During this past week’s connected courses unit, Howard Rheingold and Kim Jaxon spoke about curation and what that means in relation to Digital Literacy. Kim specifically said something that resonated with me; she spoke about a “kinder curation” in which we must shift the current digital norms in order to reflect ourselves as kinder human beings. This has very much so been on my mind lately as I move forward with researching the idea of open access through gaming platforms.
As I stated in my first post, I am a gamer. I chose to research this topic because I want to show those who view gaming as a hinderance to our youth that gaming methodologies can actually be utilized to help students interact, collaborate, learn, grow, and have ownership over their education. Over the weeks I’ve been watching TED talks by Don Tapscott, Lawrence Lessig, Jane McGonigal, I’ve read a multitude of articles on Open Access, how present day technology is being utilized in the classroom (Hybrid Pedagogy), testimonials from students on how they want more digital platforms available in their learning environment, articles on how MMO’s are being used in education, and currently I am reading through What Video Games Have to Teach us about Learning and Literacy by James Paul Gee. And I’ve been gaming, of course.
Clearly, I’m invested in this topic. However, a few weeks ago I had a very eye opening experience that completely altered my optimistic view towards my topic. As part of my research, I asked a guild (which consisted of many individuals who I consider friends or at least acquaintances) if I could record their “raid night” in order to gather real-time evidence to support my claims. They all happily agreed. I explained to them over TeamSpeak (a program that allows multiple players to converse with one another during game play) that this recording would be used for a major research project and would eventually be presented to a class of graduate students. However, even saying this I asked them to be as natural as possible.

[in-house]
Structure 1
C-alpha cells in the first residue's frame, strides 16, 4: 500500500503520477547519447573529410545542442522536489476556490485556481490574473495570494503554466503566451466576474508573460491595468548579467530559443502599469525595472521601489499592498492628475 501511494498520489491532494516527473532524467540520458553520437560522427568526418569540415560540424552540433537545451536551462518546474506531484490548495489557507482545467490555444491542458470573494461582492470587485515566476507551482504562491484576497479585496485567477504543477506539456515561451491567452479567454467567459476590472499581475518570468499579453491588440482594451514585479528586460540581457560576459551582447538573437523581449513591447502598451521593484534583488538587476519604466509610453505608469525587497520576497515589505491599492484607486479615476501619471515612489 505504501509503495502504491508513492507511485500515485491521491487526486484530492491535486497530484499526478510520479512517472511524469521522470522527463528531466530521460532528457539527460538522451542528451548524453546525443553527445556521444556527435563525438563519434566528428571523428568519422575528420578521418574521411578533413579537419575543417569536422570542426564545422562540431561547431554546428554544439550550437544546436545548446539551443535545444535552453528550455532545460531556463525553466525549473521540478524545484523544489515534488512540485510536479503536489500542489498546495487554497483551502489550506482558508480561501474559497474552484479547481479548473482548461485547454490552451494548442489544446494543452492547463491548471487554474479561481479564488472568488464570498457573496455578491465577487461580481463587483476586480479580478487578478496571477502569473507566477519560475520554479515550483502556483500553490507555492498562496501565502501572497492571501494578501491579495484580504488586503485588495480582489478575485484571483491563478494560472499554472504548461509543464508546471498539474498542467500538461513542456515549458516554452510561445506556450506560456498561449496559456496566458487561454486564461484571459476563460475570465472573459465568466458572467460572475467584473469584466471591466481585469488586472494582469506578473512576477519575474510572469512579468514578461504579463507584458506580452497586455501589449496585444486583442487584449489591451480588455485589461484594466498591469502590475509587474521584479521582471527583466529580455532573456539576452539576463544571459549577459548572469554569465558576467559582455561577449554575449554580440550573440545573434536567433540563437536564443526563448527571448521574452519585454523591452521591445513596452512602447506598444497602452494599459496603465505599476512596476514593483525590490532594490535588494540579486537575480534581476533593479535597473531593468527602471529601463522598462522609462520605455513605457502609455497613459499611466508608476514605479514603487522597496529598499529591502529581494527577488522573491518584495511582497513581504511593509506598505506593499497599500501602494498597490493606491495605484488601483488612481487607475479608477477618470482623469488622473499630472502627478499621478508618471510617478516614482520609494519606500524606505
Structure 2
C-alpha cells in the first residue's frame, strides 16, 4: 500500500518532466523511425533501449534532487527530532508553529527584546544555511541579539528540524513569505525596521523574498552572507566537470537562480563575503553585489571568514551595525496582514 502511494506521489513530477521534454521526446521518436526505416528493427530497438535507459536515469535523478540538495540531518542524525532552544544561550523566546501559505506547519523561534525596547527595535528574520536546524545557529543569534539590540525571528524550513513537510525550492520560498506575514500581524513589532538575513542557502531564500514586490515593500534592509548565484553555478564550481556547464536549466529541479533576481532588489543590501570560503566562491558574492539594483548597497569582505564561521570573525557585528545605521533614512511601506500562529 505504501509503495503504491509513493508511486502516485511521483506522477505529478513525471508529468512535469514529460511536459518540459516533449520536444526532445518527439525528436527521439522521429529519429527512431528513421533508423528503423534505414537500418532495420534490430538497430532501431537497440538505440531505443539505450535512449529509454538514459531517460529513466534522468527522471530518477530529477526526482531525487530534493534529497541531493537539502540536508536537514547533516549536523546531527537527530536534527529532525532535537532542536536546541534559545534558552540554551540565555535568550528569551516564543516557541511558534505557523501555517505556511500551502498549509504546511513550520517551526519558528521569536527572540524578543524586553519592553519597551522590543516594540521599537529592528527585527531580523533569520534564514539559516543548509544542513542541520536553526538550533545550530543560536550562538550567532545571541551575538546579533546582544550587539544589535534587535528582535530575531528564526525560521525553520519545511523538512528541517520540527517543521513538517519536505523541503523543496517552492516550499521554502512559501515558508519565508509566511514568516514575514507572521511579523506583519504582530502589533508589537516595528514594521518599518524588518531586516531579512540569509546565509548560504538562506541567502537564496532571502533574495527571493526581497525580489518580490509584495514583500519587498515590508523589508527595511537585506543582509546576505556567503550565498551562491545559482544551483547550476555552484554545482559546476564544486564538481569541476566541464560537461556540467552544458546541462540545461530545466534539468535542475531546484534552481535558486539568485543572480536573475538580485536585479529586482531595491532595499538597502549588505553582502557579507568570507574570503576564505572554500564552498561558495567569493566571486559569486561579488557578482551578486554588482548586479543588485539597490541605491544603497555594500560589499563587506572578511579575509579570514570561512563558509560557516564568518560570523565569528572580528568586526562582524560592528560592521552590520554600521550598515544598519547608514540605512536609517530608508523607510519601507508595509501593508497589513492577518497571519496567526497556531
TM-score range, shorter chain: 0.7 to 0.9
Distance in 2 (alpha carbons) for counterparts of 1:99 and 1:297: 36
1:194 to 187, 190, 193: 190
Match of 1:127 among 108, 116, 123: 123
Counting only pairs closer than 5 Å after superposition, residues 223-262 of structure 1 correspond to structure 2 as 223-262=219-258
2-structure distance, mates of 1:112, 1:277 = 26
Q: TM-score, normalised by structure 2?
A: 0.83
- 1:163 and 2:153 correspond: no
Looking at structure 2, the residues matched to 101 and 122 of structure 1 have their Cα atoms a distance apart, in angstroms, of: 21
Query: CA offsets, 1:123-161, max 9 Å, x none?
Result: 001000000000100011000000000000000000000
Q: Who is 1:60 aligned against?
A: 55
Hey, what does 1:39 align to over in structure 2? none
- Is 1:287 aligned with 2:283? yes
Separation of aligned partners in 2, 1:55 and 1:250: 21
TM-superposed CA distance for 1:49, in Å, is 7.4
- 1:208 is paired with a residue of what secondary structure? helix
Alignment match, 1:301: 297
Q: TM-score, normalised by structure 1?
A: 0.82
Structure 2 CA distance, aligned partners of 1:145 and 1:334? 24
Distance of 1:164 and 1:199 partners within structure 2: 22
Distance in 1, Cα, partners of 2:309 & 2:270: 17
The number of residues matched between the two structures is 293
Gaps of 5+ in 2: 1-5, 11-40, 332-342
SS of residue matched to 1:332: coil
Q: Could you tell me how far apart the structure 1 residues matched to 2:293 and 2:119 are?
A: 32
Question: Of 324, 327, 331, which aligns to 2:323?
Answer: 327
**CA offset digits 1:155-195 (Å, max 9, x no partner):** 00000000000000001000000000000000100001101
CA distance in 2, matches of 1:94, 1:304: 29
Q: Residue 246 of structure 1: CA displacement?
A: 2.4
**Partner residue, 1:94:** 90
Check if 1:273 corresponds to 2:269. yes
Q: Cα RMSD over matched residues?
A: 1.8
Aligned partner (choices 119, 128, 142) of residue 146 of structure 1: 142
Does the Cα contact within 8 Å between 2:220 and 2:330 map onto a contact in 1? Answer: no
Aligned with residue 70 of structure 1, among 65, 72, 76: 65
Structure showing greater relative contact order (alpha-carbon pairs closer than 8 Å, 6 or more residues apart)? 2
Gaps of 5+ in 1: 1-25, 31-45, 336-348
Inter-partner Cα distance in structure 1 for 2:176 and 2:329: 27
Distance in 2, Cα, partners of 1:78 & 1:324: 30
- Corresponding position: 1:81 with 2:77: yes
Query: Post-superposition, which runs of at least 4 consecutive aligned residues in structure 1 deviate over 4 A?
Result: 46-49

As the game commenced, I soon realized that this was a mistake. The environment, which started off light and joking, soon became hostile, aggressive, and full of bullying and put down comments. I was appalled. This wasn’t a group of strangers, these were people who had known each other for years, and they were bashing each other in the utmost of critical ways. This wasn’t building community, or collaboration, or learning; it was a cesspool of blatant bullying and a perfect example of a dysfunctional community.
After this experiment failed, I regrouped. I told the guild that I couldn’t use any of video that we had collected, and that maybe we should switch gaming platforms so that we could have a friendlier game where I could show positive elements of gaming and how it could relate to education. Yet again, I was wrong. As soon as we started playing, the toxic environment that had been so apparent during the raid spilled over onto the new game. As a newer player, I was targeted and used as a strategic way to gain an edge for the opposing team. I won’t go into extreme details, but what I will say is that by the end of the game, I was prepared to change my research topic entirely. I kept thinking to myself “how am I supposed to support this when I am sitting here feeling like a complete failure who can’t even play a friendly game with her own friends? This doesn’t build community! Or an environment for learning! This is hurtful! Why would I ever want to subject students to this?”
Now, after a few days of reflection, I decided that giving up wasn’t the answer. I came to find out that an intense competition had been instigated a few weeks prior with some of the guild members, which apparently spilt prior tensions into the game we had played. I also spoke with several individuals from the guild separately, and discovered that because the raid that they engaged in wasn’t considered “new content”, that many other members of the guild didn’t take the fight as seriously, causing them to just mess with each other. Clearly this just wasn’t the night to spectate, and this was one bad experience versus a multitude of positive experiences.
However, this experience has forced me to tread at a much slower pace into this realm of open access and gaming. I ask myself “how can we create a gaming experience that is a positive learning environment for all students? Why are major MMO gaming platforms becoming a place for toxic development and communities? How do we shift as players within these gaming communities to create a kinder culture where we help one another while still engaging in a healthy level of competition?”